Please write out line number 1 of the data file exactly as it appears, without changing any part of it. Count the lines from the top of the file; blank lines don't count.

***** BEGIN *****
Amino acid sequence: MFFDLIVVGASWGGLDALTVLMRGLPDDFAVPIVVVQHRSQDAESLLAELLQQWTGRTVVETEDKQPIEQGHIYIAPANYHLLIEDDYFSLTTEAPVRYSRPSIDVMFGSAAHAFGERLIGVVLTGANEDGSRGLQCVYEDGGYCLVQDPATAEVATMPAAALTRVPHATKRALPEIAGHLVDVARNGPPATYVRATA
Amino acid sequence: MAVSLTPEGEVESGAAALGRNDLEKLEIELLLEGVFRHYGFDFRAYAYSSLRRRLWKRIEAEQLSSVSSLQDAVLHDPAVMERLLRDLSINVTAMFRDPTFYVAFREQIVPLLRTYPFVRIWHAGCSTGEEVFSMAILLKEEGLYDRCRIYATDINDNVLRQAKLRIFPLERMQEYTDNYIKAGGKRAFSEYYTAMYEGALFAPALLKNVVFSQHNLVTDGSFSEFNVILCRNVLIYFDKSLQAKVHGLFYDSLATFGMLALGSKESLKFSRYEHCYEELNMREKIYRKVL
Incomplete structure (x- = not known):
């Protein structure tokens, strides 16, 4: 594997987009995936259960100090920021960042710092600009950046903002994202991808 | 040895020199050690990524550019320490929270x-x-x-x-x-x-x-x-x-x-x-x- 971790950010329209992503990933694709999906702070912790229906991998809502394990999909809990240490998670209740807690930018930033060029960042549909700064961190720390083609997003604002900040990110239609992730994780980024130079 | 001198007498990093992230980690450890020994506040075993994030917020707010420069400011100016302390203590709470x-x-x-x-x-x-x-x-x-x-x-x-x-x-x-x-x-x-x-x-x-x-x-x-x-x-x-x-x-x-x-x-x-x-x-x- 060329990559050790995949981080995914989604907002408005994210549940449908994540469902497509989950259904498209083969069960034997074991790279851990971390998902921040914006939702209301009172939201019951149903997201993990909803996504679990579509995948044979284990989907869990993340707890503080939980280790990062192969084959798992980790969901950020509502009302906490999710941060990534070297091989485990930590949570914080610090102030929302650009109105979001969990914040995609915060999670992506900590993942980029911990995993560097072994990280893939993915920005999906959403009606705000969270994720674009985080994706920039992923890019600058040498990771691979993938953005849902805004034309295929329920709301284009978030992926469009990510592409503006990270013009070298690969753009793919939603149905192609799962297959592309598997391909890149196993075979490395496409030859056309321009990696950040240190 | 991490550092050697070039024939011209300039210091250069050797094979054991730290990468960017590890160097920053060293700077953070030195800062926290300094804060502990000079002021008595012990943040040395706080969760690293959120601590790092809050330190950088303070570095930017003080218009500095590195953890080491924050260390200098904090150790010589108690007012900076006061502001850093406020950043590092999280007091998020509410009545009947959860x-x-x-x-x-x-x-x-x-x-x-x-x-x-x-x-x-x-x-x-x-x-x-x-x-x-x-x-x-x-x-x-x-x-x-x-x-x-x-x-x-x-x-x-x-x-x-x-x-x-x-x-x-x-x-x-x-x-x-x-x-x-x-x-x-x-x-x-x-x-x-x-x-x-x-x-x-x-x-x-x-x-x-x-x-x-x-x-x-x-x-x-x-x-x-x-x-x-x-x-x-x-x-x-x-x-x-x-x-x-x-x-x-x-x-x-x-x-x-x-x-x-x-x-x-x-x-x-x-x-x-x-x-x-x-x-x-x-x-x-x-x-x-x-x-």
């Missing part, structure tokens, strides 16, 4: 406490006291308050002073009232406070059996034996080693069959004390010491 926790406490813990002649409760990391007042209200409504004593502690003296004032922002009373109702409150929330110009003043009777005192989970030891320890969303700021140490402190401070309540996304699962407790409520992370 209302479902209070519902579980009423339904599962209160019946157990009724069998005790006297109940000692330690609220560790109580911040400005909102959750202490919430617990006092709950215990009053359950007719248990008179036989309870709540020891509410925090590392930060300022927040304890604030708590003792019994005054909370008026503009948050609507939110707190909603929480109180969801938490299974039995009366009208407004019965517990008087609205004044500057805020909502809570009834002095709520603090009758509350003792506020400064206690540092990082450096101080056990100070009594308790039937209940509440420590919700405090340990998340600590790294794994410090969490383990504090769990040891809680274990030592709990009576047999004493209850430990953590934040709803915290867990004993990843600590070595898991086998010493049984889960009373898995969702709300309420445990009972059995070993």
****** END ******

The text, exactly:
Amino acid sequence: MFFDLIVVGASWGGLDALTVLMRGLPDDFAVPIVVVQHRSQDAESLLAELLQQWTGRTVVETEDKQPIEQGHIYIAPANYHLLIEDDYFSLTTEAPVRYSRPSIDVMFGSAAHAFGERLIGVVLTGANEDGSRGLQCVYEDGGYCLVQDPATAEVATMPAAALTRVPHATKRALPEIAGHLVDVARNGPPATYVRATA